Max (Jason Bateman) and his wife Annie (Rachel McAdams) are board-game fiends who host regular game nights for their friends, including married couple Kevin (Lamorne Morris) and Michelle (Kylie Bunbury), and dim-witted pal Ryan (Billy Magnussen). Max’s flashy older brother Brooks (Kyle Chandler) offers to host the next game night, which will involve a mock kidnapping. As promised, two masked men snatch Brooks after an expertly staged fight. Except the kidnapping is real and Max, Annie and the gang are now in a race against time to rescue Brooks from gun-toting thugs. Game Night deals us a winning hand full of likeable characters, uproarious set-pieces and snappy dialogue, while the winning chemistry of Bateman and McAdams papers over any cracks in the plot.
Going In Style, BBC One, 10.30pm
Joe (Michael Caine), Willie (Morgan Freeman) and Albert (Alan Arkin) are lifelong friends, who are mellowing in retirement. During a meeting between Joe and his unsympathetic bank manager (Josh Pais), three masked men with guns walk into the branch and confidently steal $1.6 million. Soon after, the buddies’ old employer announces it is freezing company pensions. Joe is apoplectic and decides to rob the Williamsburg Savings Bank, which is managing the liquidation of the pension fund. Going In Style is a warm-hearted remake of the 1979 comedy starring George Burns, Art Burney and Lee Strasberg. The Academy Award-winning trio of Freeman, Caine and Arkin gel beautifully in the new version, trading quips courtesy of scriptwriter Theodore Melfi, who was Oscar nominated for the splendid Hidden Figures.
Film of the week
The Little Stranger, Monday, Film 4, 9pm
There have been so many adaptations of Sarah Waters novels they could form a mini-genre in their own right. Affinity, Tipping The Velvet and The Night Watch have all been made into TV series, as has Fingersmith, which was also transposed to 1930s Korea by Oldboy director Park Chan-wook for a coolly erotic big screen adaptation. Cinema is also the preferred vehicle for this 2016 take on Waters’ 2009 novel The Little Stranger, by Irish director Lenny Abrahamson.
Befitting his status as a film-maker to watch – he was Oscar-nominated for Room in 2016 – Abrahamson assembles a starry, actorly cast headed by Charlotte Rampling and Ruth Wilson as the imperious Mrs Ayres and her dutiful, no-nonsense, Labrador-toting daughter Caroline. Together with housemaid Betty (Liv Hill) and Caroline’s disfigured, war hero brother Roderick (Will Poulter), they are the sole occupants of Hundreds Hall, the Ayres family pile in Warwickshire. The year is 1947, the end of the age of deference is looming, the once grand aristocratic houses are crumbling (see Brideshead Revisited for more on that) and into the Ayres’s lives comes new GP Dr Faraday (Domhnall Gleeson). He’s a local boy, as it turns out: his mother once worked at Hundreds Hall, and on a visit there for a country fair in 1919 he had an encounter with ramifications for what follows.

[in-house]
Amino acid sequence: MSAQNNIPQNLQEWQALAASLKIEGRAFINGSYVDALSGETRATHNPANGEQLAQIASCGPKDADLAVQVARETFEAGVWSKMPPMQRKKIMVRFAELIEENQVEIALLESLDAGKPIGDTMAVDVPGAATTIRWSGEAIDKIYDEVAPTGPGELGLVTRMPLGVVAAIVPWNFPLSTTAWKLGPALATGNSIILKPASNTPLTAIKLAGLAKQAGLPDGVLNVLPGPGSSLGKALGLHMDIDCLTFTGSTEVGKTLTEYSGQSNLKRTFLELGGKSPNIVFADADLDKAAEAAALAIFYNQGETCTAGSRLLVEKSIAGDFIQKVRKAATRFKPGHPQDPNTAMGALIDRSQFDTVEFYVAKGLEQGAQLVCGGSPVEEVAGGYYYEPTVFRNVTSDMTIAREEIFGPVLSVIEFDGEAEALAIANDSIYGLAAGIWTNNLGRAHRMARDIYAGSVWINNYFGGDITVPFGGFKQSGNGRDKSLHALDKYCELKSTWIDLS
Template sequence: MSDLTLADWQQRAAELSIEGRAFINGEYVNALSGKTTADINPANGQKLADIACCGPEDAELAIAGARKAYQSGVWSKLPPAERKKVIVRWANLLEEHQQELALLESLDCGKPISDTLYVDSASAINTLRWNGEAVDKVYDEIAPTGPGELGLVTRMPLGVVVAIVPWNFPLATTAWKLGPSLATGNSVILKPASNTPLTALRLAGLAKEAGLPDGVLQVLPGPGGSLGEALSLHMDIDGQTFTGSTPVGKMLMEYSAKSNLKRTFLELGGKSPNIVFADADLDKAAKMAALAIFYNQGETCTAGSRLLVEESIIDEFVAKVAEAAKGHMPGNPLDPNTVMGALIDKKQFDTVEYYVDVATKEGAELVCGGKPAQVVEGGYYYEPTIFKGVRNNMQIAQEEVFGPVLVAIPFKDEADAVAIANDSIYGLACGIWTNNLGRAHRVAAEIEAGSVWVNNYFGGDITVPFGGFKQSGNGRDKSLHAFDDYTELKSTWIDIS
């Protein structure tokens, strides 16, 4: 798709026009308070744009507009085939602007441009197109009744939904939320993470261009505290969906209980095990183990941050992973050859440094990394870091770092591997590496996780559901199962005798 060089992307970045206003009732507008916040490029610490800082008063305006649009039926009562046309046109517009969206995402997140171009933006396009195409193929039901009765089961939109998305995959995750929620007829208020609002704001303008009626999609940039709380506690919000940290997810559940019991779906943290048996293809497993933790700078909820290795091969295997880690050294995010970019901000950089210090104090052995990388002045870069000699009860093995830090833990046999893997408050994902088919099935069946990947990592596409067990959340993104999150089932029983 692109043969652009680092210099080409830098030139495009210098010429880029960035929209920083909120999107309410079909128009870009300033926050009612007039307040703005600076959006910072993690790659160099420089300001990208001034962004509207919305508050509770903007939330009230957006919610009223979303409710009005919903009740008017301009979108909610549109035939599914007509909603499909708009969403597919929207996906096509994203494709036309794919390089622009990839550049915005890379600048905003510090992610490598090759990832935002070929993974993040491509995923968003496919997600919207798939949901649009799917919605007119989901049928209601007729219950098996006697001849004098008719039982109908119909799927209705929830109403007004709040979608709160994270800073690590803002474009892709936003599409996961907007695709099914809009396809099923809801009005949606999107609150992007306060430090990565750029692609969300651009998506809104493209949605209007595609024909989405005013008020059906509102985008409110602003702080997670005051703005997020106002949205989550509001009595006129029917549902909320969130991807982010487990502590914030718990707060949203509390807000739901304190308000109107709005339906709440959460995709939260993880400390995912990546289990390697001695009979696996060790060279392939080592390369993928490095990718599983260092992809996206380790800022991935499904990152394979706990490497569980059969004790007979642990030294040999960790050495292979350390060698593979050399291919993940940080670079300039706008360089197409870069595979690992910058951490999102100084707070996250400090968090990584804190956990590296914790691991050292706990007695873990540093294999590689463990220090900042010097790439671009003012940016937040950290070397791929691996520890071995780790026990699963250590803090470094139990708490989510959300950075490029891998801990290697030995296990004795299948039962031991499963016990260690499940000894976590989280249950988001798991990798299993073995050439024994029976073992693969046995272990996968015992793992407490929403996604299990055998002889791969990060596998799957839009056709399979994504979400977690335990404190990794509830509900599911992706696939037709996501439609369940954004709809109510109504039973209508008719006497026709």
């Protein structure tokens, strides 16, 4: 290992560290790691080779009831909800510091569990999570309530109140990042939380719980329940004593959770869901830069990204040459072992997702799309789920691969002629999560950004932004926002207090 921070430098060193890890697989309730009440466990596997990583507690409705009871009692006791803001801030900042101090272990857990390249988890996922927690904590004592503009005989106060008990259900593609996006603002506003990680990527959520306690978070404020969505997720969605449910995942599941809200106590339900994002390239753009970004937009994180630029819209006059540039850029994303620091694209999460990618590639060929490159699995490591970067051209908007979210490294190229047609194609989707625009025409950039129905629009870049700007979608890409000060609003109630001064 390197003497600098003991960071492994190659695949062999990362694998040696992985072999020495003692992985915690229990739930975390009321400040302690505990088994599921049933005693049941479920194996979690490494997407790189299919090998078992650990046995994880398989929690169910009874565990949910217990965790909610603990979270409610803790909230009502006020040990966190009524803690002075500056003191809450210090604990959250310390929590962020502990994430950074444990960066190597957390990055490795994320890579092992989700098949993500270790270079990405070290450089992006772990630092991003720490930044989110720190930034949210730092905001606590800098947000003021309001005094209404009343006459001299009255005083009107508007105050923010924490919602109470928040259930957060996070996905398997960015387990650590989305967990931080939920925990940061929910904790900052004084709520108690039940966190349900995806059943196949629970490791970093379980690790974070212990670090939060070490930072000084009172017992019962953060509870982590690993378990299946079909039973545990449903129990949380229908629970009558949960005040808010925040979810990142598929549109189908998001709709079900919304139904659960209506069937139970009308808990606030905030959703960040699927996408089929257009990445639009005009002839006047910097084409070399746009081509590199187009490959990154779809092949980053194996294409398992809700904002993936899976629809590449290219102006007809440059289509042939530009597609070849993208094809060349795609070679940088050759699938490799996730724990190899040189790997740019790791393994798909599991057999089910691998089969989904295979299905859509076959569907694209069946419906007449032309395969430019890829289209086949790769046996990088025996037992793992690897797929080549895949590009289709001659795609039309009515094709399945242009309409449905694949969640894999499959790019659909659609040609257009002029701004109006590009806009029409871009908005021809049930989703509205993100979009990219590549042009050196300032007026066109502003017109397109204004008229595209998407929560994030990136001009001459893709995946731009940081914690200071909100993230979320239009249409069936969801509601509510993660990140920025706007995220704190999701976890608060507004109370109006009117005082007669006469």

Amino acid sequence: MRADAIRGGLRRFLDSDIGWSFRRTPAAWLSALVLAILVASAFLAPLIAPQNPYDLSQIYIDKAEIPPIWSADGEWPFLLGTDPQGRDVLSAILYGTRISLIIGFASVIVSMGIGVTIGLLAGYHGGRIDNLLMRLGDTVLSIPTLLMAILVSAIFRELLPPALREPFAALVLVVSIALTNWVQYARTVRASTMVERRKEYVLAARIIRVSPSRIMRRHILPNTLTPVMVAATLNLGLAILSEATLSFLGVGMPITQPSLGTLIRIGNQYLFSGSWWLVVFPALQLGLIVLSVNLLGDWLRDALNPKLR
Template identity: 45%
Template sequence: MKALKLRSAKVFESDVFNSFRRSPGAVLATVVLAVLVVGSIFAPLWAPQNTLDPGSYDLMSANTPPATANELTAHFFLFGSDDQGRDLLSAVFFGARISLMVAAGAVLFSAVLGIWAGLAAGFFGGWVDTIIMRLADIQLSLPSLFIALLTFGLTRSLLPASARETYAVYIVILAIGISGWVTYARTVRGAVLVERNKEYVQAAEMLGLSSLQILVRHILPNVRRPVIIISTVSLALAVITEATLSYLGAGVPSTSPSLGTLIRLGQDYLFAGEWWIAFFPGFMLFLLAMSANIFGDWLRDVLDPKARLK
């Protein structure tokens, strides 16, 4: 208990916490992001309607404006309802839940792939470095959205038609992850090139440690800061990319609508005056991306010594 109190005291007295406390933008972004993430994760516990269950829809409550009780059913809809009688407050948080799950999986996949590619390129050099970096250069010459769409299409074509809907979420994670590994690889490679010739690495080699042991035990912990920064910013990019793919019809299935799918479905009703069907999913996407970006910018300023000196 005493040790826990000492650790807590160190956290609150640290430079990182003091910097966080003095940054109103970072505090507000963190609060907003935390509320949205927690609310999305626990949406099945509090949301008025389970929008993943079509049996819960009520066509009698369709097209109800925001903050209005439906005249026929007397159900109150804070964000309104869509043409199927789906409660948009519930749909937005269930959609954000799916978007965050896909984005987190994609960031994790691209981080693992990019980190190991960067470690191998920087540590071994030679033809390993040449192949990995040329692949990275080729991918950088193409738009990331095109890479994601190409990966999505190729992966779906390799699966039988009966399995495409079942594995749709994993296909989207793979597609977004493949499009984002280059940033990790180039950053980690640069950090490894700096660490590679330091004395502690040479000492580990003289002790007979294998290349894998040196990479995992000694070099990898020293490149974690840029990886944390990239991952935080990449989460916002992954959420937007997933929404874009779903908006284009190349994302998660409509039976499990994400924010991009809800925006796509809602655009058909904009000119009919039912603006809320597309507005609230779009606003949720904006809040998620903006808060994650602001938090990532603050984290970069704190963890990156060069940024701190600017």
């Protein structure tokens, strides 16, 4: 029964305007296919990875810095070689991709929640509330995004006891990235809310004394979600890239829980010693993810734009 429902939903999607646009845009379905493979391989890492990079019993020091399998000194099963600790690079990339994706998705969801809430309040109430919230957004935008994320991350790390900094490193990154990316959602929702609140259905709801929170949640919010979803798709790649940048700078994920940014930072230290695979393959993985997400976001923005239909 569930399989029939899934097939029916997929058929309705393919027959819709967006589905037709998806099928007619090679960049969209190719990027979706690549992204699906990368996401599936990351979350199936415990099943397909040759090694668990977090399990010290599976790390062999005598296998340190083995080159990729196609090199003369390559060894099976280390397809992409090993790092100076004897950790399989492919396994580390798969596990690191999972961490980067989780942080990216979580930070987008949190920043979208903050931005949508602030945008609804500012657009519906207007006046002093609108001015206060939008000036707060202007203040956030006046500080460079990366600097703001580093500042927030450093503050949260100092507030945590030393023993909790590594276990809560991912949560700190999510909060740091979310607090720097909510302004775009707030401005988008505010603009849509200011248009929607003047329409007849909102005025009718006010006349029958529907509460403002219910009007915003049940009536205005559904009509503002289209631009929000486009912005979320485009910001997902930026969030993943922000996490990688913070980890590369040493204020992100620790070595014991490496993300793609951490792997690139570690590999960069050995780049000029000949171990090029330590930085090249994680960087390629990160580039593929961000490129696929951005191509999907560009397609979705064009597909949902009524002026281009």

And what does follow? As in the novel, you’re never quite sure. Themes of guilt, repressed memories and a sort of simmering class anger bubble away beneath, while on the surface a story plays out which appears to have some kind of haunting at its heart. Roderick, a former airman who was badly burned in the war, somehow sets his bedroom on fire. A visiting girl is savaged by Caroline’s normally chilled pooch. And Mrs Ayres becomes convinced the spirit of her daughter Suki is stalking the dilapidated old house. Suki died before Roderick and Caroline were born – but Faraday remembers her from his ill-starred visit to Hundreds as a boy. The stage is set, as they say.
Everyone looks miserable and so does post-war England, shot by Abrahamson in a weary half-light and with a palette that runs from nasty brown to dull grey and back again. Quiet, intense and enigmatic, The Little Stranger is a match for its source material, and in some places betters it.
The Mother, BBC Four, 9pm
May (Anne Reid) and her ailing husband Toots (Peter Vaughn) decide to visit their grown-up children in London. Son Bobby (Steven Mackintosh) is more or less indifferent, but singleton daughter Paula (Cathryn Bradshaw) is a bit more interested. The anguish deepens as Toots dies, and May is drawn into a passionate relationship with Paula’s married boyfriend Darren (a pre-Bond Daniel Craig). Written by Hanif Kureishi (The Buddha of Suburbia, Intimacy), The Mother is a poignant and deeply moving portrait of grief, sexual desire and miscommunications between the generations. Not for the easily upset or offended.